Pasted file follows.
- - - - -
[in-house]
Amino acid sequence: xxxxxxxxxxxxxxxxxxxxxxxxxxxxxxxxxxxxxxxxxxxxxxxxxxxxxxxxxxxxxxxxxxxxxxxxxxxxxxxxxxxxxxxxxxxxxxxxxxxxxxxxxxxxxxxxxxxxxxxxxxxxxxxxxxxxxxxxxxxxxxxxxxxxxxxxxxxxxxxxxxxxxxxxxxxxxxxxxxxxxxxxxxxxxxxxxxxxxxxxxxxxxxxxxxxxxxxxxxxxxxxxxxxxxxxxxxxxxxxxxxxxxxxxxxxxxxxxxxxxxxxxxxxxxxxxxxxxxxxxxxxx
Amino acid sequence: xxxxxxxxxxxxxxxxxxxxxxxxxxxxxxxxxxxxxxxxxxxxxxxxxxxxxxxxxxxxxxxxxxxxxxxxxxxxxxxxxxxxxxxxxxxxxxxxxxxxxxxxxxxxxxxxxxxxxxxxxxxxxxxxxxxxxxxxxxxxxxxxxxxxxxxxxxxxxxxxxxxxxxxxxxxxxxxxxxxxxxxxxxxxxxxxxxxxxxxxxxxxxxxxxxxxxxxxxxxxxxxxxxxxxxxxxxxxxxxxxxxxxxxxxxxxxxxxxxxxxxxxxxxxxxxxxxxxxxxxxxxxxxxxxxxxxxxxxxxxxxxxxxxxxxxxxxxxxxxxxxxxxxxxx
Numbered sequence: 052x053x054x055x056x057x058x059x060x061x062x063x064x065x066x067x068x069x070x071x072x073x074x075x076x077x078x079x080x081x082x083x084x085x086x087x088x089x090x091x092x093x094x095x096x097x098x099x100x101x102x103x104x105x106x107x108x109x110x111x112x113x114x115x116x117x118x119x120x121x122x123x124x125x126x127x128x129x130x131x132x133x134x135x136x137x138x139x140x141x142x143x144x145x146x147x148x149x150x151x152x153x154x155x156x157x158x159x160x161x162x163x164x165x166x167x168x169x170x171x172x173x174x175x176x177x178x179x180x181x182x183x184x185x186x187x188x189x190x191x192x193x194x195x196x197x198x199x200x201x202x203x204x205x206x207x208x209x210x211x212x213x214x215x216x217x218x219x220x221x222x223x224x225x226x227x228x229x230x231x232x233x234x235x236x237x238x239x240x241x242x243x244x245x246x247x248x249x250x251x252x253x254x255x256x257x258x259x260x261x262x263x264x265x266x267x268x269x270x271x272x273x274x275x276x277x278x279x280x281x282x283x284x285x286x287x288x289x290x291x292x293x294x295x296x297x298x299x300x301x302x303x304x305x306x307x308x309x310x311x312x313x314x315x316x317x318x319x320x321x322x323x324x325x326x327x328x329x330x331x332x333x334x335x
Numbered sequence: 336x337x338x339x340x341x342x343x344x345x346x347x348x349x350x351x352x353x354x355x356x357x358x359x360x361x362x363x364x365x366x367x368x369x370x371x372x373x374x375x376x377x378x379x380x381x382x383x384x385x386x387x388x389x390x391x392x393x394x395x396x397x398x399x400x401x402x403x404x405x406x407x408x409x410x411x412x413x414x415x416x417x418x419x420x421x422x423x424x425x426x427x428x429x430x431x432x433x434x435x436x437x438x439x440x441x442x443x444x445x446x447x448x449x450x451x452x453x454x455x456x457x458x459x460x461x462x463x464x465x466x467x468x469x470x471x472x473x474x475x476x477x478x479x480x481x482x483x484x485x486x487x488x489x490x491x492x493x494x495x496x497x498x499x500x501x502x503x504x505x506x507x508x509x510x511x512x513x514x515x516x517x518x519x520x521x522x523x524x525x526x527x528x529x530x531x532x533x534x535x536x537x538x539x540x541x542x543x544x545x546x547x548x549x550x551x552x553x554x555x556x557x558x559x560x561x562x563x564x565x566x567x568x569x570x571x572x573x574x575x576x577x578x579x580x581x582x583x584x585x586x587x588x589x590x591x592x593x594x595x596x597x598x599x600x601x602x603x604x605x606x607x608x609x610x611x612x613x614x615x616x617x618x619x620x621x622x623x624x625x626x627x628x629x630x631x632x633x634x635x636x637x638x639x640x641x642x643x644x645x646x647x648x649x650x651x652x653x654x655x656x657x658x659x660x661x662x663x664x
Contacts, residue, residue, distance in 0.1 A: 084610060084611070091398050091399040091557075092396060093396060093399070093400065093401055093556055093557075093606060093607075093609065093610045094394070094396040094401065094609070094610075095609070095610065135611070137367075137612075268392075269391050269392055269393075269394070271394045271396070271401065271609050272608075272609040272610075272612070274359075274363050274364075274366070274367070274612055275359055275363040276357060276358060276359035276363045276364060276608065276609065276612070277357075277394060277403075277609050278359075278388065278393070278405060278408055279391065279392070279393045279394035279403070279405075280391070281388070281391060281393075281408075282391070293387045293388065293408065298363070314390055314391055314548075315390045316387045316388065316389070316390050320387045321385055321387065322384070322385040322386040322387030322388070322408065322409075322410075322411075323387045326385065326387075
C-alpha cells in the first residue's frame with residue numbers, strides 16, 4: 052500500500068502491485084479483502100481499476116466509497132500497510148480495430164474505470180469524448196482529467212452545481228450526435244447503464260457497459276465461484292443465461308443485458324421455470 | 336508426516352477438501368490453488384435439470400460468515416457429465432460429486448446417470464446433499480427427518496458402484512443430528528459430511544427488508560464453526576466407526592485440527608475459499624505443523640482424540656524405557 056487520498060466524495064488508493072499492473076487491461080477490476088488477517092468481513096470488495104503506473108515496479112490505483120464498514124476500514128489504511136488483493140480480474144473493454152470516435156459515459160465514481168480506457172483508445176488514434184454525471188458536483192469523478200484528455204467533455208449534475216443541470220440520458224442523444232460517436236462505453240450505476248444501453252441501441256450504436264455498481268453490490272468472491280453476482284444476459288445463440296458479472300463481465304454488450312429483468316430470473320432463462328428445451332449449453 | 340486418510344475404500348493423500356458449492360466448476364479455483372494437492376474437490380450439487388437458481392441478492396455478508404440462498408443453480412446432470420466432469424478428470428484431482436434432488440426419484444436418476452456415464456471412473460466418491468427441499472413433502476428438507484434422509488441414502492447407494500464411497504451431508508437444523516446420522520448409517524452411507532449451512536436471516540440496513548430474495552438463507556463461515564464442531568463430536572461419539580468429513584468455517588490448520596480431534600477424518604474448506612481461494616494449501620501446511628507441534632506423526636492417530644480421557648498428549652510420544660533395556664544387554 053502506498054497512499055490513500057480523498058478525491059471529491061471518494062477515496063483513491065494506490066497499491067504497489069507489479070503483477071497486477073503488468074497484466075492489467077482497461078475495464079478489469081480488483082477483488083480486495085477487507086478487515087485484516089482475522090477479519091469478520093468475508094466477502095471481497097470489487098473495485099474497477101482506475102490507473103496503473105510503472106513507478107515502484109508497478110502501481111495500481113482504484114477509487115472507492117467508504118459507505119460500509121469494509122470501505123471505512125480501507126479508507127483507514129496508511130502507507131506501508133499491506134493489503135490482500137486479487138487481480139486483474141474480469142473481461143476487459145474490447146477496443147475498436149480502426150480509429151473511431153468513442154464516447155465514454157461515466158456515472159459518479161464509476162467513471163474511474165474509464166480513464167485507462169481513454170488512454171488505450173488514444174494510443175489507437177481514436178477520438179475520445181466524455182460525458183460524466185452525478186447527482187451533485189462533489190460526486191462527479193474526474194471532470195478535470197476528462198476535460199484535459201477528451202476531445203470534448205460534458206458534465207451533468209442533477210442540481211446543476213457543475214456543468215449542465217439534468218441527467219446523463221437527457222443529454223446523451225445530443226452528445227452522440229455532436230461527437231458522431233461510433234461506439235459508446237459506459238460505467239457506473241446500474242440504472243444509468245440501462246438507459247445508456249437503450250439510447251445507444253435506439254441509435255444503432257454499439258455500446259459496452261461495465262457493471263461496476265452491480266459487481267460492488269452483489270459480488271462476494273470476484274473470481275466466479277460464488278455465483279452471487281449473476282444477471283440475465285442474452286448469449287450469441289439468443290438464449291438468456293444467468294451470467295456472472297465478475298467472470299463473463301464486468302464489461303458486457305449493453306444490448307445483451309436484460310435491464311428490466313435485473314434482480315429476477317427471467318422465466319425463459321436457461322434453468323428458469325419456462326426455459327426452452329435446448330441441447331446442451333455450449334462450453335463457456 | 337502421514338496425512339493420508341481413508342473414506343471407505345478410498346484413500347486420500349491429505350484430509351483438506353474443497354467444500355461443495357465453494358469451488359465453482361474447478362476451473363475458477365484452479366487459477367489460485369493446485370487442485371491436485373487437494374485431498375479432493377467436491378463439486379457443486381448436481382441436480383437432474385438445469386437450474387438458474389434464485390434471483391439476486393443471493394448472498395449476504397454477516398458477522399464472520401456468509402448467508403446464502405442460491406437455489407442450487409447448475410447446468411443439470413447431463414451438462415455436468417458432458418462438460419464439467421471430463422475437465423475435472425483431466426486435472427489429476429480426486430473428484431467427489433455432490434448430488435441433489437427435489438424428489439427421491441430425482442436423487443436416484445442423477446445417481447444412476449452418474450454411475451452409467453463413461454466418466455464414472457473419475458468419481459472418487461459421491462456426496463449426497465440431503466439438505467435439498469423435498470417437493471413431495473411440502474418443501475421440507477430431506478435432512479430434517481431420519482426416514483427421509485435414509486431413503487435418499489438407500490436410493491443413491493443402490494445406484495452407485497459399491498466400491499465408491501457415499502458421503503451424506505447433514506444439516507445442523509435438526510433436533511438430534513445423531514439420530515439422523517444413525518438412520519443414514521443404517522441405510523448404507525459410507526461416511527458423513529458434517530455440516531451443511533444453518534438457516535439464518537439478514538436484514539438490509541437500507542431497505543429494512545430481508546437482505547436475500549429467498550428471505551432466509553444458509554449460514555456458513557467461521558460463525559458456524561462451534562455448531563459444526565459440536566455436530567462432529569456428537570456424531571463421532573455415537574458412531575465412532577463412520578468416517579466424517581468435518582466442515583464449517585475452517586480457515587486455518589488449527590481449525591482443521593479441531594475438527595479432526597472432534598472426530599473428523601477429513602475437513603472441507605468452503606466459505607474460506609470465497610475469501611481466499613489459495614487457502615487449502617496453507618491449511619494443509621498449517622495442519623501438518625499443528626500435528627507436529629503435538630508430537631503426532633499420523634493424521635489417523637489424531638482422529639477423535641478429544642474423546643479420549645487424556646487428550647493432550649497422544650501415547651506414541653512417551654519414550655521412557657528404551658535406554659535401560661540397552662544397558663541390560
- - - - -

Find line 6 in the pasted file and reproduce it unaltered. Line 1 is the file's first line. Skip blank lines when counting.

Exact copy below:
Contacts, residue, residue, distance in 0.1 A: 084610060084611070091398050091399040091557075092396060093396060093399070093400065093401055093556055093557075093606060093607075093609065093610045094394070094396040094401065094609070094610075095609070095610065135611070137367075137612075268392075269391050269392055269393075269394070271394045271396070271401065271609050272608075272609040272610075272612070274359075274363050274364075274366070274367070274612055275359055275363040276357060276358060276359035276363045276364060276608065276609065276612070277357075277394060277403075277609050278359075278388065278393070278405060278408055279391065279392070279393045279394035279403070279405075280391070281388070281391060281393075281408075282391070293387045293388065293408065298363070314390055314391055314548075315390045316387045316388065316389070316390050320387045321385055321387065322384070322385040322386040322387030322388070322408065322409075322410075322411075323387045326385065326387075